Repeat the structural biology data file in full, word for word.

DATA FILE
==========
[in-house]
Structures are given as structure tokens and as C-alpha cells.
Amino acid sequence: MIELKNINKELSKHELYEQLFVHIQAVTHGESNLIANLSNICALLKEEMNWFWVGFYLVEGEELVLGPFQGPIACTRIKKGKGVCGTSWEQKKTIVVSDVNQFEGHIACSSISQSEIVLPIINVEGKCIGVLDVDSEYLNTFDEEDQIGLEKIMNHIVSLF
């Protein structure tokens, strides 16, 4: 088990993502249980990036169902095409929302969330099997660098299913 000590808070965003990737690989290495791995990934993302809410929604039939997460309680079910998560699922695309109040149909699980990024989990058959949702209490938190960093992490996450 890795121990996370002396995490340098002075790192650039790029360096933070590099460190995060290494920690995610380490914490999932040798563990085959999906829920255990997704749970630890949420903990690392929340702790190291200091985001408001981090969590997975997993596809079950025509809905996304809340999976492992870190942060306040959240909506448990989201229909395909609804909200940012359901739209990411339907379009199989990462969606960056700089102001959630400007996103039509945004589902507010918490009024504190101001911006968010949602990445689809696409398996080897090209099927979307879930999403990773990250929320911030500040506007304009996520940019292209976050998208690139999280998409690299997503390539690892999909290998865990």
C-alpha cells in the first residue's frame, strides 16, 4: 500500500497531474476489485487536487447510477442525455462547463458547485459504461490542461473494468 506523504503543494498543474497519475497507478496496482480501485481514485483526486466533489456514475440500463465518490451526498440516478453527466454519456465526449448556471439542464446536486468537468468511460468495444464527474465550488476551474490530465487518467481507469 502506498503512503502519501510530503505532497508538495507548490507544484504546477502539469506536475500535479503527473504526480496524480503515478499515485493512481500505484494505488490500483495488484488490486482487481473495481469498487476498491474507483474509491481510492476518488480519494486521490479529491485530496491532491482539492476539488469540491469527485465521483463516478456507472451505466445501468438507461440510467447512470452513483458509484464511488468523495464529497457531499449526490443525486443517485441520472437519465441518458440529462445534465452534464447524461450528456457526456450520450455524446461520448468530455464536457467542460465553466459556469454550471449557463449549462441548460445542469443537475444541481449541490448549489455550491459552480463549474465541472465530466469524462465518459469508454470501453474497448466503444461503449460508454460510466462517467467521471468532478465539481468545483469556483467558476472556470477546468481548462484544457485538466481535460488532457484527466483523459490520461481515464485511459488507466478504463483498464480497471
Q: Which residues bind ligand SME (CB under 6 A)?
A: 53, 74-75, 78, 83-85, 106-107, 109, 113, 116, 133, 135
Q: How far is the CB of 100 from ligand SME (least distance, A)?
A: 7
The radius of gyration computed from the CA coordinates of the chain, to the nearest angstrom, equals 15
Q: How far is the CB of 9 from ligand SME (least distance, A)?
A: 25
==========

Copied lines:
[in-house]
Structures are given as structure tokens and as C-alpha cells.
Amino acid sequence: MIELKNINKELSKHELYEQLFVHIQAVTHGESNLIANLSNICALLKEEMNWFWVGFYLVEGEELVLGPFQGPIACTRIKKGKGVCGTSWEQKKTIVVSDVNQFEGHIACSSISQSEIVLPIINVEGKCIGVLDVDSEYLNTFDEEDQIGLEKIMNHIVSLF
């Protein structure tokens, strides 16, 4: 088990993502249980990036169902095409929302969330099997660098299913 000590808070965003990737690989290495791995990934993302809410929604039939997460309680079910998560699922695309109040149909699980990024989990058959949702209490938190960093992490996450 890795121990996370002396995490340098002075790192650039790029360096933070590099460190995060290494920690995610380490914490999932040798563990085959999906829920255990997704749970630890949420903990690392929340702790190291200091985001408001981090969590997975997993596809079950025509809905996304809340999976492992870190942060306040959240909506448990989201229909395909609804909200940012359901739209990411339907379009199989990462969606960056700089102001959630400007996103039509945004589902507010918490009024504190101001911006968010949602990445689809696409398996080897090209099927979307879930999403990773990250929320911030500040506007304009996520940019292209976050998208690139999280998409690299997503390539690892999909290998865990």
C-alpha cells in the first residue's frame, strides 16, 4: 500500500497531474476489485487536487447510477442525455462547463458547485459504461490542461473494468 506523504503543494498543474497519475497507478496496482480501485481514485483526486466533489456514475440500463465518490451526498440516478453527466454519456465526449448556471439542464446536486468537468468511460468495444464527474465550488476551474490530465487518467481507469 502506498503512503502519501510530503505532497508538495507548490507544484504546477502539469506536475500535479503527473504526480496524480503515478499515485493512481500505484494505488490500483495488484488490486482487481473495481469498487476498491474507483474509491481510492476518488480519494486521490479529491485530496491532491482539492476539488469540491469527485465521483463516478456507472451505466445501468438507461440510467447512470452513483458509484464511488468523495464529497457531499449526490443525486443517485441520472437519465441518458440529462445534465452534464447524461450528456457526456450520450455524446461520448468530455464536457467542460465553466459556469454550471449557463449549462441548460445542469443537475444541481449541490448549489455550491459552480463549474465541472465530466469524462465518459469508454470501453474497448466503444461503449460508454460510466462517467467521471468532478465539481468545483469556483467558476472556470477546468481548462484544457485538466481535460488532457484527466483523459490520461481515464485511459488507466478504463483498464480497471
Q: Which residues bind ligand SME (CB under 6 A)?
A: 53, 74-75, 78, 83-85, 106-107, 109, 113, 116, 133, 135
Q: How far is the CB of 100 from ligand SME (least distance, A)?
A: 7
The radius of gyration computed from the CA coordinates of the chain, to the nearest angstrom, equals 15
Q: How far is the CB of 9 from ligand SME (least distance, A)?
A: 25